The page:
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Unfortunately, 0.5% error still isn’t enough to be useful to the working chemist. The energy in molecular bonds is just a tiny fraction of the total energy of a system, and correctly predicting whether a molecule is stable can often depend on just 0.001% of the total energy of a system, or about 0.2% of the remaining “correlation” energy. For instance, while the total energy of the electrons in a butadiene molecule is almost 100,000 kilocalories per mole, the difference in energy between different possible shapes of the molecule is just 1 kilocalorie per mole. That means that if you want to correctly predict butadiene’s natural shape, then the same level of precision is needed as measuring the width of a football field down to the millimeter.

With the advent of digital computing after World War II, scientists developed a whole menagerie of computational methods that went beyond this mean field description of electrons. While these methods come in a bewildering alphabet soup of abbreviations, they all generally fall somewhere on an axis that trades off accuracy with efficiency. At one extreme, there are methods that are essentially exact, but scale worse than exponentially with the number of electrons, making them impractical for all but the smallest molecules. At the other extreme are methods that scale linearly, but are not very accurate. These computational methods have had an enormous impact on the practice of chemistry – the 1998 Nobel Prize in chemistry was awarded to the originators of many of these algorithms.

Fermionic Neural Networks

Despite the breadth of existing computational quantum mechanical tools, we felt a new method was needed to address the problem of efficient representation. There’s a reason that the largest quantum chemical calculations only run into the tens of thousands of electrons for even the most approximate methods, while classical chemical calculation techniques like molecular dynamics can handle millions of atoms. The state of a classical system can be described easily – we just have to track the position and momentum of each particle. Representing the state of a quantum system is far more challenging. A probability has to be assigned to every possible configuration of electron positions. This is encoded in the wavefunction, which assigns a positive or negative number to every configuration of electrons, and the wavefunction squared gives the probability of finding the system in that configuration. The space of all possible configurations is enormous – if you tried to represent it as a grid with 100 points along each dimension, then the number of possible electron configurations for the silicon atom would be larger than the number of atoms in the universe!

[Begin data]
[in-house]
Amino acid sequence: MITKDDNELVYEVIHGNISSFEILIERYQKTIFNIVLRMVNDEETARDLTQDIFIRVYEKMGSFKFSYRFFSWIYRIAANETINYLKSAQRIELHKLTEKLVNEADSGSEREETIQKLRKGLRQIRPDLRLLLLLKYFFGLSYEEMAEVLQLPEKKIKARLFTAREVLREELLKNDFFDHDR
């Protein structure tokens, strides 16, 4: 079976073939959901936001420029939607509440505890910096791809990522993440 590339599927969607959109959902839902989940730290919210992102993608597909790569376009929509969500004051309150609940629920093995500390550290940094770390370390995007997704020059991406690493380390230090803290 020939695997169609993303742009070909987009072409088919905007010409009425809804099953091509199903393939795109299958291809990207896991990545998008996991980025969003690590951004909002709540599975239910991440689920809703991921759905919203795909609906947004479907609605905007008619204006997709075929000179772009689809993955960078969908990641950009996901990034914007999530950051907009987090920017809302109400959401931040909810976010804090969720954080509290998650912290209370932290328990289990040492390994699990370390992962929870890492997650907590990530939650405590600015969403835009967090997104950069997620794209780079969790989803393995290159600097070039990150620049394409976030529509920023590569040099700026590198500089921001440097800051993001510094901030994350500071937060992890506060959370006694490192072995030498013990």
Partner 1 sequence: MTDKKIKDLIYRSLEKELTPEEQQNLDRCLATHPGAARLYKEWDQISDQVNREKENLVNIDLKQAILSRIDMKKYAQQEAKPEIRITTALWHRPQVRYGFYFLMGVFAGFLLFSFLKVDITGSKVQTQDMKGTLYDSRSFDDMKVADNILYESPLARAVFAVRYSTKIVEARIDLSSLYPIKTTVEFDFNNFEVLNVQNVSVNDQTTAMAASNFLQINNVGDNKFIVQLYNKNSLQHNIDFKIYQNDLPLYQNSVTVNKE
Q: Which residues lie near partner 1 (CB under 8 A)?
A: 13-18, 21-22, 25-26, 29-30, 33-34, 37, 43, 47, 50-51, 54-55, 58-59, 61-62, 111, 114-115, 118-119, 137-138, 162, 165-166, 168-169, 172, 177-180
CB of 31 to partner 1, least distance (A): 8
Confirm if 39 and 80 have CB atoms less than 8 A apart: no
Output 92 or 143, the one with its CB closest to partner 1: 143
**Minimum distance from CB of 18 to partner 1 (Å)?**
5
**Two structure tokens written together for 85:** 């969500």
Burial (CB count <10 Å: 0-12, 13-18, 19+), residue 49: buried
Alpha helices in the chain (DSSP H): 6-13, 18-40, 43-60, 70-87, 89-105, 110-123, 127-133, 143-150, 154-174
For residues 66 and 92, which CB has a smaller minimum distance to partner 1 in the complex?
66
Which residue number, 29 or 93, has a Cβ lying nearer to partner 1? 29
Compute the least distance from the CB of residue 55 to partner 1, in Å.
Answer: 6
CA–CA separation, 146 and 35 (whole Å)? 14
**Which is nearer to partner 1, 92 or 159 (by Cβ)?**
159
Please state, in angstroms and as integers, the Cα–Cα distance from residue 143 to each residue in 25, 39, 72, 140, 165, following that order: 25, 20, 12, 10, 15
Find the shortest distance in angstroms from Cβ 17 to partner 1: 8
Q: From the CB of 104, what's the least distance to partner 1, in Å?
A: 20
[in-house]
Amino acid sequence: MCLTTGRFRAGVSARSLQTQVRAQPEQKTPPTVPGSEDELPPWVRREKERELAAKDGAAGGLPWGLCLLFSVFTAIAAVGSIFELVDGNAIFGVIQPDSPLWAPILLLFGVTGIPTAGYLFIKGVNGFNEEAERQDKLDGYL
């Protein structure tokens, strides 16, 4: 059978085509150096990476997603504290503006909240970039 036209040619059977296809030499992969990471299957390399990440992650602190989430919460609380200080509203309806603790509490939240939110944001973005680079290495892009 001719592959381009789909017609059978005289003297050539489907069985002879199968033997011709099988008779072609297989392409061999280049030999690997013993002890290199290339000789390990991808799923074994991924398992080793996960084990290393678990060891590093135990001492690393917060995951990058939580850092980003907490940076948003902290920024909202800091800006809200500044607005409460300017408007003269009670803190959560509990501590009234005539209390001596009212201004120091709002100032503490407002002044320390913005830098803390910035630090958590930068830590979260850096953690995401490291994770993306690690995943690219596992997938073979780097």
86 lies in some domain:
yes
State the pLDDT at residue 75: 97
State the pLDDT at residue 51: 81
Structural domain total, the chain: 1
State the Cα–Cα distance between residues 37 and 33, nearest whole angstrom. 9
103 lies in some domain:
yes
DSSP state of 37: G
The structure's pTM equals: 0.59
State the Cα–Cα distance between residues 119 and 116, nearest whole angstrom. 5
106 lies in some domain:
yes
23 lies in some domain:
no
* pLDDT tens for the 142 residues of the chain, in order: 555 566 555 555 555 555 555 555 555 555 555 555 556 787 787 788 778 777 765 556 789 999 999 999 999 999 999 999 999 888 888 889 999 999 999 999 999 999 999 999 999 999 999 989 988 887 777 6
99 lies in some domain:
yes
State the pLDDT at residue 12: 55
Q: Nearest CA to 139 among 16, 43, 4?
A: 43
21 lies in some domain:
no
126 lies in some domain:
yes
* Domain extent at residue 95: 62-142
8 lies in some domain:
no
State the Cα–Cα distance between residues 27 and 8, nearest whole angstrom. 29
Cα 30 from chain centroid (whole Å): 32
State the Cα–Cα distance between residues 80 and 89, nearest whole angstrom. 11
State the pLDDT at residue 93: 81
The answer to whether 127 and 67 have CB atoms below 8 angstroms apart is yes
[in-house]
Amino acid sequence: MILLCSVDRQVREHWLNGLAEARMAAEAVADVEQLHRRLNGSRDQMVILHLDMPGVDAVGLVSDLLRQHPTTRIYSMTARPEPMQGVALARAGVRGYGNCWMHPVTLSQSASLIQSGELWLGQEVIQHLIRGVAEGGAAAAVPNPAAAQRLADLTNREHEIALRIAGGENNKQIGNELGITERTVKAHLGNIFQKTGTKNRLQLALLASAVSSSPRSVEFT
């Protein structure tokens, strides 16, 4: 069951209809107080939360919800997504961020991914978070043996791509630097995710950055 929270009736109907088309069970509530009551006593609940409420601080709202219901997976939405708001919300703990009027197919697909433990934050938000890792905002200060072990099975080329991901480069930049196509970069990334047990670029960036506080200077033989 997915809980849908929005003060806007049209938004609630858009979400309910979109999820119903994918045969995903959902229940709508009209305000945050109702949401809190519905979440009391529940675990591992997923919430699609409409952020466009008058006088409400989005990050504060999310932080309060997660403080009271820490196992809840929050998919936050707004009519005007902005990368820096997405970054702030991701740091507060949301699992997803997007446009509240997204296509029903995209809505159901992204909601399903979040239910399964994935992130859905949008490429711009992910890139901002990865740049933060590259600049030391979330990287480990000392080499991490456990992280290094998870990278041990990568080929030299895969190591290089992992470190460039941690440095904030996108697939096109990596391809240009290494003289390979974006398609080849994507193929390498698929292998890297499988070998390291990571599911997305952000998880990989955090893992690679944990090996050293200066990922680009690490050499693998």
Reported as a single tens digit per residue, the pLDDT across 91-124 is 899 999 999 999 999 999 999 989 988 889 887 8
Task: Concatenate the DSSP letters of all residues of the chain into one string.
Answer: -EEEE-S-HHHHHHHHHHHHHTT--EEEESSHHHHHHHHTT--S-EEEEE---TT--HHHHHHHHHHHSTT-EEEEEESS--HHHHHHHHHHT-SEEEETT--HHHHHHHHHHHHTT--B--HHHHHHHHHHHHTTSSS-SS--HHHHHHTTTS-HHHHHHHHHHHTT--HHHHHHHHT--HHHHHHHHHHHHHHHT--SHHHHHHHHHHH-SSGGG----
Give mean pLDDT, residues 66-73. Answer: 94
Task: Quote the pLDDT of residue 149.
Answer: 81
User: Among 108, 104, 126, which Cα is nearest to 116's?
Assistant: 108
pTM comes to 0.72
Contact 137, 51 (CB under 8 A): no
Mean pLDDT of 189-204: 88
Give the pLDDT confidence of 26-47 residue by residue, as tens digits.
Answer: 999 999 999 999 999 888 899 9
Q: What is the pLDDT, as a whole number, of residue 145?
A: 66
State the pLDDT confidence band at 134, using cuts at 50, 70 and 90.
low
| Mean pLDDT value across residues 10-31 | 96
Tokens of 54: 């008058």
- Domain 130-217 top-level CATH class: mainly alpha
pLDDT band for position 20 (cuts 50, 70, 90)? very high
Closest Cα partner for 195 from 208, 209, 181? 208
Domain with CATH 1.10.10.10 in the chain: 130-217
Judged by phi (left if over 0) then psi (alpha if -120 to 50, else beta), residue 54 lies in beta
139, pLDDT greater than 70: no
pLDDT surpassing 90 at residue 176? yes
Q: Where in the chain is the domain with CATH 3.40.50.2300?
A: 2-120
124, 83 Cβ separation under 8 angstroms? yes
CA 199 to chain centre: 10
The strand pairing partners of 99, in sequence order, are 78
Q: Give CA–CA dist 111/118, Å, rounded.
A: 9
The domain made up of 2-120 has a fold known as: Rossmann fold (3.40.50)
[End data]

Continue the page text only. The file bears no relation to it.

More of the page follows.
This is exactly where we thought deep neural networks could help. In the last several years, there have been huge advances in representing complex, high-dimensional probability distributions with neural networks. We now know how to train these networks efficiently and scalably. We surmised that, given these networks have already proven their mettle at fitting high-dimensional functions in artificial intelligence problems, maybe they could be used to represent quantum wavefunctions as well. We were not the first people to think of this – researchers such as Giuseppe Carleo and Matthias Troyer and others have shown how modern deep learning could be used for solving idealised quantum problems. We wanted to use deep neural networks to tackle more realistic problems in chemistry and condensed matter physics, and that meant including electrons in our calculations.

There is just one wrinkle when dealing with electrons. Electrons must obey the Pauli exclusion principle, which means that they can’t be in the same space at the same time. This is because electrons are a type of particle known as fermions, which include the building blocks of most matter – protons, neutrons, quarks, neutrinos, etc. Their wavefunction must be antisymmetric – if you swap the position of two electrons, the wavefunction gets multiplied by -1. That means that if two electrons are on top of each other, the wavefunction (and the probability of that configuration) will be zero.

This meant we had to develop a new type of neural network that was antisymmetric with respect to its inputs, which we have dubbed the Fermionic Neural Network, or FermiNet. In most quantum chemistry methods, antisymmetry is introduced using a function called the determinant. The determinant of a matrix has the property that if you swap two rows, the output gets multiplied by -1, just like a wavefunction for fermions. So you can take a bunch of single-electron functions, evaluate them for every electron in your system, and pack all of the results into one matrix. The determinant of that matrix is then a properly antisymmetric wavefunction. The major limitation of this approach is that the resulting function – known as a Slater determinant – is not very general. Wavefunctions of real systems are usually far more complicated. The typical way to improve on this is to take a large linear combination of Slater determinants – sometimes millions or more – and add some simple corrections based on pairs of electrons. Even then, this may not be enough to accurately compute energies.

Source: https://deepmind.com/blog/article/FermiNet